The satirist, playwright, and novelist Lao She
(1899-1966) was one of the most popular writers of 20th-century China. Rickshaw Boy
, which details the life and economic hardship of a Beijing rickshaw man, is often recognized as his most important work. During the Cultural Revolution, Lao She was branded as a subversive counter-revolutionary, and after suffering a beating by the Red Guards, he drowned himself in Beijing’s Taiping Lake on August 24, 1966.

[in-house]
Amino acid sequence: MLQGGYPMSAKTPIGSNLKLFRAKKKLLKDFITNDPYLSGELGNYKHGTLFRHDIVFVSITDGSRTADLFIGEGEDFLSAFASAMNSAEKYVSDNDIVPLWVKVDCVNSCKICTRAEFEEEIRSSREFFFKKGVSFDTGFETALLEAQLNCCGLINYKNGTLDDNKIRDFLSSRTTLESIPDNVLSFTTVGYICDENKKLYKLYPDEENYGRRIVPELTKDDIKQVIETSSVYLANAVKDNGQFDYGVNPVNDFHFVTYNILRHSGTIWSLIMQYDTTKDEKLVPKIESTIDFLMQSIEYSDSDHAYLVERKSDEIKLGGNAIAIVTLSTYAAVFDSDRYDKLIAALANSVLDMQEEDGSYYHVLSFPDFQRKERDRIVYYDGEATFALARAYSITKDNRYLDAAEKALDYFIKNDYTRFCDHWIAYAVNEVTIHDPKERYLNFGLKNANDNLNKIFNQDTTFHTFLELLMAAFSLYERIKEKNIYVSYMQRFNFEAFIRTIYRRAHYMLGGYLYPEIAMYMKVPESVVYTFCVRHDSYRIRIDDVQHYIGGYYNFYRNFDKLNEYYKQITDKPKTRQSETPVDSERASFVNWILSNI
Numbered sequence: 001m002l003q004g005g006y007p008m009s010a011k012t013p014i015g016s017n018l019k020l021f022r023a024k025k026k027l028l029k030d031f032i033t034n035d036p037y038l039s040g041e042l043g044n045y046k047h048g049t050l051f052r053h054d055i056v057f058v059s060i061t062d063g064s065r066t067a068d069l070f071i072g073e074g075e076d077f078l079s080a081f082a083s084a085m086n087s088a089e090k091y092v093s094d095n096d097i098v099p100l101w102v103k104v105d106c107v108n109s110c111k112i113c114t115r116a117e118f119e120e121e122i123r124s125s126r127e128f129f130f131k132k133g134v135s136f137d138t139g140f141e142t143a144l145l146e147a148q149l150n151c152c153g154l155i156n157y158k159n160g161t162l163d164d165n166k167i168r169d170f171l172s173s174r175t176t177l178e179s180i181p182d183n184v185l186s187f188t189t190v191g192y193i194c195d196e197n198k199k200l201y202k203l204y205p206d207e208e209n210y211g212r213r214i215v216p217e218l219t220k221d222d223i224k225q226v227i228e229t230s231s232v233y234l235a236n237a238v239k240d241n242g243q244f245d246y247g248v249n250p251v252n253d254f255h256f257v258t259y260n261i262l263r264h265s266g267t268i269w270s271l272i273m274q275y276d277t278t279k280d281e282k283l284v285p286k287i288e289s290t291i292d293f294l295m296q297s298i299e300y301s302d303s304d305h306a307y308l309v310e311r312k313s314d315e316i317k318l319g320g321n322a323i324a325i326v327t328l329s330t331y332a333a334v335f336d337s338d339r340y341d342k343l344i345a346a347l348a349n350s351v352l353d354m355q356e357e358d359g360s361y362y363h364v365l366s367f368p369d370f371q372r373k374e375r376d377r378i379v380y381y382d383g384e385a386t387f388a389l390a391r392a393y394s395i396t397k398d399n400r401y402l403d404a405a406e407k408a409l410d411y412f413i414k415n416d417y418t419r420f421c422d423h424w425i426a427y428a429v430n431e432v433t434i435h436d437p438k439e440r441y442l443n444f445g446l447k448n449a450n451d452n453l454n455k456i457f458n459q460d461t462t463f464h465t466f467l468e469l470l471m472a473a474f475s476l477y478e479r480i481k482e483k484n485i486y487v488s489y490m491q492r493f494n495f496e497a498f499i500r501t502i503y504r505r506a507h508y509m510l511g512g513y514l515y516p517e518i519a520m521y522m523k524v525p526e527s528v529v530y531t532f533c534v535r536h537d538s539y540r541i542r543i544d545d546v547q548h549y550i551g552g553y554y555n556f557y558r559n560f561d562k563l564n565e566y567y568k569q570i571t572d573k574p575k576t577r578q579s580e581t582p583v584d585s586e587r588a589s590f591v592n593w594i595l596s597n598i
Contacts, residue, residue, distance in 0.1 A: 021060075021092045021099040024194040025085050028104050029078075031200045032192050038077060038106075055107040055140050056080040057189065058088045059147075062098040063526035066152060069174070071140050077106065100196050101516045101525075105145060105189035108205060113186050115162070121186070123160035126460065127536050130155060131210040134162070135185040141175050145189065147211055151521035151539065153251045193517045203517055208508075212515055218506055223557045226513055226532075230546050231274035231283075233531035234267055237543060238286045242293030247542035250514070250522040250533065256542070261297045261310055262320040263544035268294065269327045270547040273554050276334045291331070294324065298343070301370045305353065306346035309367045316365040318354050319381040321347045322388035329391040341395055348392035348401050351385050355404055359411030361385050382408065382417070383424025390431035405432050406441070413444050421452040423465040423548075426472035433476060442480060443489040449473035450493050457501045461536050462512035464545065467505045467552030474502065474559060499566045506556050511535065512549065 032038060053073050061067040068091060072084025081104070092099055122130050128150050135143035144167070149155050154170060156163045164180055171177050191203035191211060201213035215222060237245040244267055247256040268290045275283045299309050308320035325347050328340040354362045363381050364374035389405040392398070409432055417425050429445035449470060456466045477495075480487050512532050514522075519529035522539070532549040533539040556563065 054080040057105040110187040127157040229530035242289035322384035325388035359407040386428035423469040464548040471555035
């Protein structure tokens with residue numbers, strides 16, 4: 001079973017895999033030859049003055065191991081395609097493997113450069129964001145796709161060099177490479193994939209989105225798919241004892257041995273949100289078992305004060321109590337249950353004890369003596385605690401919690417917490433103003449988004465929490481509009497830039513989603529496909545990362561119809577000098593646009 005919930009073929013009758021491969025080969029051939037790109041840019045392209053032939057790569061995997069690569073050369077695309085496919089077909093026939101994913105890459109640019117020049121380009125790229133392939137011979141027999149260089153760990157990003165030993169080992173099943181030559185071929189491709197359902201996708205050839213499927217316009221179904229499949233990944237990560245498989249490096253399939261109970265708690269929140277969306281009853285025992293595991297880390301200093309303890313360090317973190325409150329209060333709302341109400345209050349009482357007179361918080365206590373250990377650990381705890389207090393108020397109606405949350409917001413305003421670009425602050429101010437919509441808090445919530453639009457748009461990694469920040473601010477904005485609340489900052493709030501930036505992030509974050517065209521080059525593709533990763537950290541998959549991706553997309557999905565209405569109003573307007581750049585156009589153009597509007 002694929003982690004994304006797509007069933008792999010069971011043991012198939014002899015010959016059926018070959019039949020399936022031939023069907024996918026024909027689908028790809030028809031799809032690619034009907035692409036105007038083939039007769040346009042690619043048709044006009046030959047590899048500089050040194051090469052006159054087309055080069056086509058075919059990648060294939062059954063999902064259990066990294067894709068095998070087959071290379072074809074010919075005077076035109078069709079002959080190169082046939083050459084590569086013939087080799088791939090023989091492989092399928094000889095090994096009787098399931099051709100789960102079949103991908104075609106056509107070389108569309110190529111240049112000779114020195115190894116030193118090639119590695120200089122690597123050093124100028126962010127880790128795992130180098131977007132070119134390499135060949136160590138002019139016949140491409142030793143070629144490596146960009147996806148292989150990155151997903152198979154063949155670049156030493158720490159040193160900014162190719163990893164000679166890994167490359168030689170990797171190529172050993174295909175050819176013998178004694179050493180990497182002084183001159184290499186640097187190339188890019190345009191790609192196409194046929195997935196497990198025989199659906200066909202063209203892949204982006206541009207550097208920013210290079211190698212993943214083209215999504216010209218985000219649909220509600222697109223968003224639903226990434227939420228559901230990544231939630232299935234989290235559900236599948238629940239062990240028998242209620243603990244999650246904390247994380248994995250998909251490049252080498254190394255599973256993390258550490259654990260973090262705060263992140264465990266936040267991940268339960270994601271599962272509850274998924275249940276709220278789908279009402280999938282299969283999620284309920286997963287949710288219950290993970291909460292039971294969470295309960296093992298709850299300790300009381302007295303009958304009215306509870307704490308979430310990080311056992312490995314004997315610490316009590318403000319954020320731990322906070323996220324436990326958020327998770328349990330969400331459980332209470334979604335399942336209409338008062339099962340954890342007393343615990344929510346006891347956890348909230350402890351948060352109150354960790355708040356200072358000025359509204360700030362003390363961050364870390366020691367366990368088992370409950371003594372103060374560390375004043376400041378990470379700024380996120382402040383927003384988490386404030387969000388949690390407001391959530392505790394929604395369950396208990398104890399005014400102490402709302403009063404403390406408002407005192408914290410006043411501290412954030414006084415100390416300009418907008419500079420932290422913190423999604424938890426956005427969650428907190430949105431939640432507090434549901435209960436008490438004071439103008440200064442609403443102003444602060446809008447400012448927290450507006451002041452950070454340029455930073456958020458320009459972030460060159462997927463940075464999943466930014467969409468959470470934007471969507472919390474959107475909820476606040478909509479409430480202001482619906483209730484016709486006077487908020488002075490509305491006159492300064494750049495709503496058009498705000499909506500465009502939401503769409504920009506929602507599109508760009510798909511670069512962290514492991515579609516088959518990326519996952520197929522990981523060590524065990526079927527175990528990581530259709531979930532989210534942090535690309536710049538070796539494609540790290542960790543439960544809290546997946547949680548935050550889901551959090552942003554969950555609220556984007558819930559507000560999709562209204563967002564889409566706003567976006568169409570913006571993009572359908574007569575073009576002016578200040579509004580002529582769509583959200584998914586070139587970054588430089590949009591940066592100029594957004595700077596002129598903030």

This home is where Lao She and his wife raised their four children and where he wrote several of his last works. The courtyard is graced by two persimmon trees that Lao She himself planted in 1954, and they both still bear fruit every fall. In addition to newspaper cuttings, photographs, and other personal effects, the museum contains Lao She’s writing desk, with a calendar opened to the day of his death.